Ever tried the little jars of baby food from the store? Yuck! Even before I knew much about whole foods I knew that those little jars were nasty. Not only do they taste quite bad IMO and not at all like the like real foods they are imitating, they are not fresh foods and they are packed with preservatives usually. From the beginning of my career as a mom I bypassed those jars as much as possible and opted to feed my babes what the rest of us were eating… pureed of course. I have a video of my youngest eating his first real meal at about 8 months old (breastfed before that). He devoured a puree of 13 bean stew… and I mean devoured. On the video he is trying to dive into the crock pot and he screams when the food is out of his reach. This is significant because this was just after my cancer diagnosis and my release from the hospital. My family was taking care of the little guy while I couldn’t and the breast milk bank was now permanently closed. They tried to feed him some store bought baby food and he did NOT like it. But the 13 bean stew? The boy was screaming (literally) for whole foods.
Recently I was sent a copy of the book Organically Raised – Conscious Cooking for Babies and Toddlers and I can’t say enough good things about it. Not only is it a beautiful book with tons of gorgeous pictures that had me drooling for baby and toddler food… the concept is so important for parents of young ones to grasp. Chemical laden baby food from jars is not really easier and more convenient than making wholesome organic, baby food yourself from whole foods. In my experience the opposite is true. I also believe that the BEST way to get your kids eating healthy whole foods, and tons of fruits and veggies as kids is to start by feeding them these foods as a baby in the freshest forms available. Is it any coincidence that my kids all ate REAL food as babes and that I now have zero problems in the getting kids to eat veggies department? I don’t think so. We went to a buffet recently and attracted much attention when my kids filled their own plates with broccoli, green beans, peas, mushrooms, and various fruits. Around me I saw several kids eating Jello and drumsticks for dinner… nuff said.
Also because they are so little and vulnerable, they benefit greatly from organic foods. They don’t need any more chemical exposure than they already get from their environment. This book gives lots of advice for feeding kids consciously with many delicious recipes. The toddler food is also great for encouraging adventurous eating. Greek falafel bites with cucumber-dill dipping sauce and quinoa primavera are healthy foods sure enough but they are also FAR from what kids who eat the SAD (Standard American Diet) are used to and that is a very good thing. Kids who are exposed to many different and unique foods as children will try more foods overall and have a more diverse diet as adults. That is code for saying they won’t be picky eaters. We all know those picky adult eaters don’t we? The ones who think anything but meat and potatoes is exotic and foreign.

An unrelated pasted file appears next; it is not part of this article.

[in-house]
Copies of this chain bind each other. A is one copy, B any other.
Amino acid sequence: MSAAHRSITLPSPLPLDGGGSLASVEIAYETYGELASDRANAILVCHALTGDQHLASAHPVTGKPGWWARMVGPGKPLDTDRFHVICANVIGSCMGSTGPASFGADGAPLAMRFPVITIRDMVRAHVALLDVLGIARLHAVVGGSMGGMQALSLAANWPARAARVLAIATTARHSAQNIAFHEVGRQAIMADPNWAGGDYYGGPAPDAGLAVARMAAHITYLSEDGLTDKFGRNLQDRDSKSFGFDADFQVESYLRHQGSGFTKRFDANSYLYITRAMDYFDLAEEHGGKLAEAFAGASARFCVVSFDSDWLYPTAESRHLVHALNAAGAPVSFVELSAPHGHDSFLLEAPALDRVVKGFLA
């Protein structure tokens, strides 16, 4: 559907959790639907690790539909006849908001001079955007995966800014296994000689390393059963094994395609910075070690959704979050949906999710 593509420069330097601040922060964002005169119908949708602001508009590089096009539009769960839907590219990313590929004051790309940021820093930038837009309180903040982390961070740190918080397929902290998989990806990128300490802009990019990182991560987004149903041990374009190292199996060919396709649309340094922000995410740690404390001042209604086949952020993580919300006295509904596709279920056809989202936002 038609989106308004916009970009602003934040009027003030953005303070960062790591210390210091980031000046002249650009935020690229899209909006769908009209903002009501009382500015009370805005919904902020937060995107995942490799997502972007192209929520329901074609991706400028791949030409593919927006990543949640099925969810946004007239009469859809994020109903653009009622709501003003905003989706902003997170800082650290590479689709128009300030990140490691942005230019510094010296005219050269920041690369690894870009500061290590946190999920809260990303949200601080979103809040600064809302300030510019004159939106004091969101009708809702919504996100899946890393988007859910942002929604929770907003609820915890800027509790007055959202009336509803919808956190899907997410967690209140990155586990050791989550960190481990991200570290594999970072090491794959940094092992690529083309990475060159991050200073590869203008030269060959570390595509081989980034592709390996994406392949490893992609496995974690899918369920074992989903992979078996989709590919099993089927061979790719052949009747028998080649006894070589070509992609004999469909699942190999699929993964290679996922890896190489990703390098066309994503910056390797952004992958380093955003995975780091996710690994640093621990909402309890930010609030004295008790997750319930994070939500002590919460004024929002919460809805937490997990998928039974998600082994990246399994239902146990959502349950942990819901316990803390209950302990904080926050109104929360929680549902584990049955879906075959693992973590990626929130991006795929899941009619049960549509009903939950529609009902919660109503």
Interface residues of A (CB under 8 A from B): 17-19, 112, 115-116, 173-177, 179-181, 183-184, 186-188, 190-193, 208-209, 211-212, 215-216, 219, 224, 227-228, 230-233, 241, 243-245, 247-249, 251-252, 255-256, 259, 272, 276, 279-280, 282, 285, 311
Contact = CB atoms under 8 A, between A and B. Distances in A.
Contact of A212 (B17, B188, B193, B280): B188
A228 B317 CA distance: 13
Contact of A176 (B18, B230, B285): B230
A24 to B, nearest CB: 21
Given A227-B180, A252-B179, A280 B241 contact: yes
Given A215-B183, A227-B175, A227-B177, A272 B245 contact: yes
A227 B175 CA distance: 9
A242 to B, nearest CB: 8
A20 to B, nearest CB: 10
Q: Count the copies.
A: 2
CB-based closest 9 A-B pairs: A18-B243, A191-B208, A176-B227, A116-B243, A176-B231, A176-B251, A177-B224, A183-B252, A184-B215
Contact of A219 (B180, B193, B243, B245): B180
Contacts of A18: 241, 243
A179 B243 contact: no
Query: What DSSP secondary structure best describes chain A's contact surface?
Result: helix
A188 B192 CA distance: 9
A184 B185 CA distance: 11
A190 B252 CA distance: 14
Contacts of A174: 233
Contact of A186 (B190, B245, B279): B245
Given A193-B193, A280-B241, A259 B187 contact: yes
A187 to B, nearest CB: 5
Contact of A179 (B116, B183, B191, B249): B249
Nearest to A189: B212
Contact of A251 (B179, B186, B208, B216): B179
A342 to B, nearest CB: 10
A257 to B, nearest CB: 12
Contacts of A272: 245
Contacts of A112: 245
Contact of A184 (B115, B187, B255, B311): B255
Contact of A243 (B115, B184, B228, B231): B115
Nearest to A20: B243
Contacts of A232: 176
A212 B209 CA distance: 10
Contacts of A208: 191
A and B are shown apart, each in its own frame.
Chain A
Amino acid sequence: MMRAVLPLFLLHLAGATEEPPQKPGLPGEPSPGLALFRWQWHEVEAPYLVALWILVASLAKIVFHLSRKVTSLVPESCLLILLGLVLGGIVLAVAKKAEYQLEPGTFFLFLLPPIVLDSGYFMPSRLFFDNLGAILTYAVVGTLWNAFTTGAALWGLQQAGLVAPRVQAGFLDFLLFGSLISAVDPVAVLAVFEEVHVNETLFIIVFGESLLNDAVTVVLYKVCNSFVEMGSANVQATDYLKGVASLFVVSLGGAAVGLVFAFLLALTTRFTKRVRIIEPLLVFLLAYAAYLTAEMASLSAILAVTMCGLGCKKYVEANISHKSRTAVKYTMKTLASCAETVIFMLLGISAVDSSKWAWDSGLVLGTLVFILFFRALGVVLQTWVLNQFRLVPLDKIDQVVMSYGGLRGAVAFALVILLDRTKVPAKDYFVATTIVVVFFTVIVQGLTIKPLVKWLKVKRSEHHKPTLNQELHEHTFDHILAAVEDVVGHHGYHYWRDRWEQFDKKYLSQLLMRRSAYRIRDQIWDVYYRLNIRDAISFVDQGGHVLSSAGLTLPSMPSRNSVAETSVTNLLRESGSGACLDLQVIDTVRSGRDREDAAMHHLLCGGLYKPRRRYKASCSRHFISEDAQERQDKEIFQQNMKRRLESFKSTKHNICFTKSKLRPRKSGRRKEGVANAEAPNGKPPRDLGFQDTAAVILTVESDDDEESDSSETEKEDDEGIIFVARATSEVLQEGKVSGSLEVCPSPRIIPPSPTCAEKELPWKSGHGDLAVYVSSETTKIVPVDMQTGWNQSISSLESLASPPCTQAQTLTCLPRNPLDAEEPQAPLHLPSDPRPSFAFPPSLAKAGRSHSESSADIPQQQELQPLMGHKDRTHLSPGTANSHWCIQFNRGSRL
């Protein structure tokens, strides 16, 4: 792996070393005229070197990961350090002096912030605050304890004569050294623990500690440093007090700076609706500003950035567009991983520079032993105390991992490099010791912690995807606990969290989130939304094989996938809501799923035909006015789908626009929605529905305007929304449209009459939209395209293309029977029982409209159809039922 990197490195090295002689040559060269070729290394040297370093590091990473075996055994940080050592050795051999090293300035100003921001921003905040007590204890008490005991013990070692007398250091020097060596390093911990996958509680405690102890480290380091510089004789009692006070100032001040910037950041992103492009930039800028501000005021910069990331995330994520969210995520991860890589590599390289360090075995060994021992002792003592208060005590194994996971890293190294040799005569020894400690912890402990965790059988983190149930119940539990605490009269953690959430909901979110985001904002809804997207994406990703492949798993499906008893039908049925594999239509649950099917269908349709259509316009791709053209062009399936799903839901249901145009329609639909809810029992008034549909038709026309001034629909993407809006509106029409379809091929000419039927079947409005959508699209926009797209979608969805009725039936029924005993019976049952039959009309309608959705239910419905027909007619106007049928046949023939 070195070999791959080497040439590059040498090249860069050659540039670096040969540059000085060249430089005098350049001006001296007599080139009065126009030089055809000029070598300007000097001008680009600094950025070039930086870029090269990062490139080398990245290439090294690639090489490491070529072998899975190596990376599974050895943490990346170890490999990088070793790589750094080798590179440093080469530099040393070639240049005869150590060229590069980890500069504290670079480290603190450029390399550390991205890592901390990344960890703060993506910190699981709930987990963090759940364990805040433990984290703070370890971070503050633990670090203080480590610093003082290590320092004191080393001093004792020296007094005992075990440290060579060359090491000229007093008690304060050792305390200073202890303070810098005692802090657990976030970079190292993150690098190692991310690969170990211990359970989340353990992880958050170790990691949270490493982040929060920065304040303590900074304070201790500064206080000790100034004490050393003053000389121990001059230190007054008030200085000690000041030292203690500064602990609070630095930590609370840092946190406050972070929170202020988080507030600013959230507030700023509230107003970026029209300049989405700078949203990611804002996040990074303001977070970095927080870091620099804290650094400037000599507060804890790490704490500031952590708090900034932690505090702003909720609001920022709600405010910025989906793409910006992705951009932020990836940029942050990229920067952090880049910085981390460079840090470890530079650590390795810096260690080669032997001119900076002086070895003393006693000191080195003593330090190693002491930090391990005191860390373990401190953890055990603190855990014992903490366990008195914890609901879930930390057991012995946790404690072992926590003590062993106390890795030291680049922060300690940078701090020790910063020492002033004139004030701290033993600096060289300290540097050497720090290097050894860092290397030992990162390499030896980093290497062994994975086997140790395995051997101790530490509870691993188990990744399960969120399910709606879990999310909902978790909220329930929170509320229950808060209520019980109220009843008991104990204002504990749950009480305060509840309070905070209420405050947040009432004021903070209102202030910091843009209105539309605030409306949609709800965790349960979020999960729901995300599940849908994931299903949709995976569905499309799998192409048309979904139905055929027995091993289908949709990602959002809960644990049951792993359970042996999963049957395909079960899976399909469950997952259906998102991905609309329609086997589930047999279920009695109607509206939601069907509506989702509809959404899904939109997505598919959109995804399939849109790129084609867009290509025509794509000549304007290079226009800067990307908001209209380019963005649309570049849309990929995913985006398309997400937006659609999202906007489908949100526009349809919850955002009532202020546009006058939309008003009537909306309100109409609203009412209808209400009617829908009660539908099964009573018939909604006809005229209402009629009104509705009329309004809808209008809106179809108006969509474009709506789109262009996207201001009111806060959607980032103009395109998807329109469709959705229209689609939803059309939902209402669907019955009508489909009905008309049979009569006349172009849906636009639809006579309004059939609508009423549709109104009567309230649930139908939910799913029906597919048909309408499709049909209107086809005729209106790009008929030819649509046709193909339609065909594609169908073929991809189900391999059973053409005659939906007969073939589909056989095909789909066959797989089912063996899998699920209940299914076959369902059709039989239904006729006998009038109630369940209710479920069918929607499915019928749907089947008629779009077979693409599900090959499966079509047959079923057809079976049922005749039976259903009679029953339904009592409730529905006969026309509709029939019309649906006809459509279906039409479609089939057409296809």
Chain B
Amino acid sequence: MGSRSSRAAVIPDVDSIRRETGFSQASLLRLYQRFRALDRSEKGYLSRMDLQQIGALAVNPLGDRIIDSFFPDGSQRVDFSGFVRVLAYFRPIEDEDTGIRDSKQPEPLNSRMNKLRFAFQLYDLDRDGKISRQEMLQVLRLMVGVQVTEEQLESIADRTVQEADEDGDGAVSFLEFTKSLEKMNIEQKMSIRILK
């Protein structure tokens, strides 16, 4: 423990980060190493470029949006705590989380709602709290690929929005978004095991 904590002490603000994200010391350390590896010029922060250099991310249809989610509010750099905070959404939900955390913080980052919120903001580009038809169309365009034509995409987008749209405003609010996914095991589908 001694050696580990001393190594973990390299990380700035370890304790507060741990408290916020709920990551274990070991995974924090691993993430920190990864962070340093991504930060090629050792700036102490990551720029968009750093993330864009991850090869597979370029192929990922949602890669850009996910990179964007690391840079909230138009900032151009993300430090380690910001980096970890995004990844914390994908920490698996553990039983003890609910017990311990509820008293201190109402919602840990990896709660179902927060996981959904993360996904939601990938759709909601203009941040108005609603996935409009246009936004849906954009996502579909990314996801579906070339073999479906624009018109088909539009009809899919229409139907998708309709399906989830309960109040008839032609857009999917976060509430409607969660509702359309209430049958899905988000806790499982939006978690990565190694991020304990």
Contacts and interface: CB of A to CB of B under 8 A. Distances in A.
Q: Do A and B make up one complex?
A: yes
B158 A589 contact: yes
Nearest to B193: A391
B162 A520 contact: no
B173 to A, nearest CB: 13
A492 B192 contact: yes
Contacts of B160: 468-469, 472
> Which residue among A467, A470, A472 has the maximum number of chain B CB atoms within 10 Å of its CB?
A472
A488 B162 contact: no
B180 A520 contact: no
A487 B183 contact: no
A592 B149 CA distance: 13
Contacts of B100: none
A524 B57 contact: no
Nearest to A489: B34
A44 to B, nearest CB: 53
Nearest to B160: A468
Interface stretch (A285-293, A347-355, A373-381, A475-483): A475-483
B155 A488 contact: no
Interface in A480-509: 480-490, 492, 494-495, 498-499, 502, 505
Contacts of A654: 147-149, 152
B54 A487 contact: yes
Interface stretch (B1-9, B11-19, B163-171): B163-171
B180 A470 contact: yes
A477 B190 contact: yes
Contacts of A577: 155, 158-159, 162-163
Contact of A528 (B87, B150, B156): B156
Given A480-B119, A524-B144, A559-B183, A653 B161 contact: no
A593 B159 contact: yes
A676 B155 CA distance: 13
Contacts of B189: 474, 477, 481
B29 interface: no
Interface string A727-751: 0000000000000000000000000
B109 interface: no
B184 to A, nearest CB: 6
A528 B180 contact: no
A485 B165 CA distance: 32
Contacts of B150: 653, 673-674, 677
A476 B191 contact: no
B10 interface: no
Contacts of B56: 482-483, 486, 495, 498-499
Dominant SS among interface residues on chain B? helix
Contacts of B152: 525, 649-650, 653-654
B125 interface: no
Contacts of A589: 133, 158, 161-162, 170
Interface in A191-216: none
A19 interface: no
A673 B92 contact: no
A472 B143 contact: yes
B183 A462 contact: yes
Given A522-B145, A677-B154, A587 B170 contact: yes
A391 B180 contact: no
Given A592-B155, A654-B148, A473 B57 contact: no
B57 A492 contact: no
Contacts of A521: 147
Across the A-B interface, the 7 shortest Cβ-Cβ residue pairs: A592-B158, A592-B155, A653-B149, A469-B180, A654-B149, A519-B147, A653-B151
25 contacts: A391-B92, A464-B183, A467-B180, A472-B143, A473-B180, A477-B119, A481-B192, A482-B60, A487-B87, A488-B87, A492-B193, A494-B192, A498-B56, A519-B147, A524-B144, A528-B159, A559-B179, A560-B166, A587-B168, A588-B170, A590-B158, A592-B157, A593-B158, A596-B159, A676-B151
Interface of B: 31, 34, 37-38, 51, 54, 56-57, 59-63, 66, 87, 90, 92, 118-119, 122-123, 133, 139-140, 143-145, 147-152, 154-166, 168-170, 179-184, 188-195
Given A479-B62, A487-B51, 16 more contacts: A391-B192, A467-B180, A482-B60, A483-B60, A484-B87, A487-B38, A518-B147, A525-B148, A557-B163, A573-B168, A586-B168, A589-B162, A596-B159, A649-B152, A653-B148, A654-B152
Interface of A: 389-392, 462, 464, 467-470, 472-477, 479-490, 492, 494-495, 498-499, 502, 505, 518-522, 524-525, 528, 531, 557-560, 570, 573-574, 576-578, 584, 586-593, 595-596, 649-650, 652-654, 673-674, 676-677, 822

I can’t wait to make some of these tasty toddler dishes for my youngest and thankfully there were lots of non meat recipes in the book because the boy isn’t big on eating things with faces. I know we will all love the food and I especially loved reading the book. The pictures alone made me sad that my young kiddo days are almost gone. If you are prone to baby fever you may not want to read it… the pictures of the babies and toddlers are just as delicious as the food ones.
This is THE cookbook for parents who want to feed their babies and toddlers organic, real, nourishing, whole foods. Thank you Anni Daulter for an amazing book!
Farmer’s market produce, herbs and veggies from our own garden, grass fed butter, apple pie, Amish egg noodles, and homemade blueberry or peach frozen yogurt. Can summer be any more delicious??? Ask me again in Fall when I may just be singing the praises of apple butter, cider, and pumpkin pie… but for now summer is the yummiest season ever.
What are you eating this summer?
Just a few energy saver projects this week. When peak summer and winter electric bills come in I always get on a kick like this. I am going through a big box of goodies sent to me by a great sustainable goods company called Practecol. You can find their products at Target starting this month.
I started with a big energy hog… my bad ass pink computer. This lovely lady was custom built for me (she whose fingers are lightning fast and must have a computer that is equally fast) and is attached to other gadgets like a high speed router, HD monitor, iPod, printer, back-up hard drive, speakers, etc.
All the cords were plugged into a Foot Switch – 6 Outlet Surge Protector.
Nice bit kind of ugly… so I pushed all the cords behind the desk and left out the Foot Switch.
Nice! This product was made to help reduce energy costs by allowing you too turn off power going to all electronic products at once AND make the area less cluttered looking by giving you the nifty foot switch. And not having to reach down under the desk each night to flip the switch is nice. The foot switch has a green light that you can see in the dark so when all is shut down you just tap the switch with your foot and go to bed. Viola! Practecol estimates a savings of $84/year by cutting standby power to power sucking electronics. Even though I am good about turning stuff off, the groovy green light is a reminder for me to flip that last switch.
Next up I put the Practecol dryer balls to use. I have used dryer balls before, though not in awhile. Here they are posing next to my husband’s stinky and not-so eco friendly dryer sheets. Aren’t they pretty?
These heat-resistant dryer balls lift and separate your clothes to better circulate heat, reducing drying time and lowering energy costs. The company estimates that these save you 15% (or $20 per year) on energy costs. If you currently use dryer sheets, then the savings would be more.